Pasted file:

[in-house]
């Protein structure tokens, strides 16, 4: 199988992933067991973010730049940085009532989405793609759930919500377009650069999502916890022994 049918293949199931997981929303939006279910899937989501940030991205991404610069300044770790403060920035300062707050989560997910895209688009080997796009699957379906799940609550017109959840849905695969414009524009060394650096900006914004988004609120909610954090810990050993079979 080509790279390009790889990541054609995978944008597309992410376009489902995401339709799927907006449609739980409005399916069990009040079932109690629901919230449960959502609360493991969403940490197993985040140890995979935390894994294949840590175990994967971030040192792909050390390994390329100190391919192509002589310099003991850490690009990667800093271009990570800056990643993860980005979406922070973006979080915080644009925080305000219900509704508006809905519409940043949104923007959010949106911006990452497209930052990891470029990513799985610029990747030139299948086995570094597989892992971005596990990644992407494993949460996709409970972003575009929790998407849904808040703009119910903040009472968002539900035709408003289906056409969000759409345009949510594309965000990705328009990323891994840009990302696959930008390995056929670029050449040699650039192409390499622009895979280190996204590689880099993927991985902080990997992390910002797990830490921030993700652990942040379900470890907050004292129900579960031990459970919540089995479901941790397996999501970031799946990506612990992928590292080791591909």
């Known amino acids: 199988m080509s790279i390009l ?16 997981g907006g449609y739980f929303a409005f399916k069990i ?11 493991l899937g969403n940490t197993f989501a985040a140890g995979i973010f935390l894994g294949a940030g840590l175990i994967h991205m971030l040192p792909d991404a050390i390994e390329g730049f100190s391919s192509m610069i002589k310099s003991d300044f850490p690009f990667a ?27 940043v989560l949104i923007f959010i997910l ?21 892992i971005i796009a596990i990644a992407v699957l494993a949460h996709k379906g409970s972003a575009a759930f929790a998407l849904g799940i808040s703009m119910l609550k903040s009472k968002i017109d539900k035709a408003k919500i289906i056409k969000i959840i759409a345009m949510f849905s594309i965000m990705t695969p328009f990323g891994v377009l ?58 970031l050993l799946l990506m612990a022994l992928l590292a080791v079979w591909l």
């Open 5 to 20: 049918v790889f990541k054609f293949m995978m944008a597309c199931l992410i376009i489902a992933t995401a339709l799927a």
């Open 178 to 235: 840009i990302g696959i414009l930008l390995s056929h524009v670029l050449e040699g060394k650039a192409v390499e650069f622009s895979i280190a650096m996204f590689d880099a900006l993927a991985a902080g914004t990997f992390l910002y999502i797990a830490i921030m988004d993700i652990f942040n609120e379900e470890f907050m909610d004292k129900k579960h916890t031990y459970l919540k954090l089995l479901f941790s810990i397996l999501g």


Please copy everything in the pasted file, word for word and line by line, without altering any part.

[in-house]
């Protein structure tokens, strides 16, 4: 199988992933067991973010730049940085009532989405793609759930919500377009650069999502916890022994 049918293949199931997981929303939006279910899937989501940030991205991404610069300044770790403060920035300062707050989560997910895209688009080997796009699957379906799940609550017109959840849905695969414009524009060394650096900006914004988004609120909610954090810990050993079979 080509790279390009790889990541054609995978944008597309992410376009489902995401339709799927907006449609739980409005399916069990009040079932109690629901919230449960959502609360493991969403940490197993985040140890995979935390894994294949840590175990994967971030040192792909050390390994390329100190391919192509002589310099003991850490690009990667800093271009990570800056990643993860980005979406922070973006979080915080644009925080305000219900509704508006809905519409940043949104923007959010949106911006990452497209930052990891470029990513799985610029990747030139299948086995570094597989892992971005596990990644992407494993949460996709409970972003575009929790998407849904808040703009119910903040009472968002539900035709408003289906056409969000759409345009949510594309965000990705328009990323891994840009990302696959930008390995056929670029050449040699650039192409390499622009895979280190996204590689880099993927991985902080990997992390910002797990830490921030993700652990942040379900470890907050004292129900579960031990459970919540089995479901941790397996999501970031799946990506612990992928590292080791591909």
């Known amino acids: 199988m080509s790279i390009l ?16 997981g907006g449609y739980f929303a409005f399916k069990i ?11 493991l899937g969403n940490t197993f989501a985040a140890g995979i973010f935390l894994g294949a940030g840590l175990i994967h991205m971030l040192p792909d991404a050390i390994e390329g730049f100190s391919s192509m610069i002589k310099s003991d300044f850490p690009f990667a ?27 940043v989560l949104i923007f959010i997910l ?21 892992i971005i796009a596990i990644a992407v699957l494993a949460h996709k379906g409970s972003a575009a759930f929790a998407l849904g799940i808040s703009m119910l609550k903040s009472k968002i017109d539900k035709a408003k919500i289906i056409k969000i959840i759409a345009m949510f849905s594309i965000m990705t695969p328009f990323g891994v377009l ?58 970031l050993l799946l990506m612990a022994l992928l590292a080791v079979w591909l």
């Open 5 to 20: 049918v790889f990541k054609f293949m995978m944008a597309c199931l992410i376009i489902a992933t995401a339709l799927a």
């Open 178 to 235: 840009i990302g696959i414009l930008l390995s056929h524009v670029l050449e040699g060394k650039a192409v390499e650069f622009s895979i280190a650096m996204f590689d880099a900006l993927a991985a902080g914004t990997f992390l910002y999502i797990a830490i921030m988004d993700i652990f942040n609120e379900e470890f907050m909610d004292k129900k579960h916890t031990y459970l919540k954090l089995l479901f941790s810990i397996l999501g």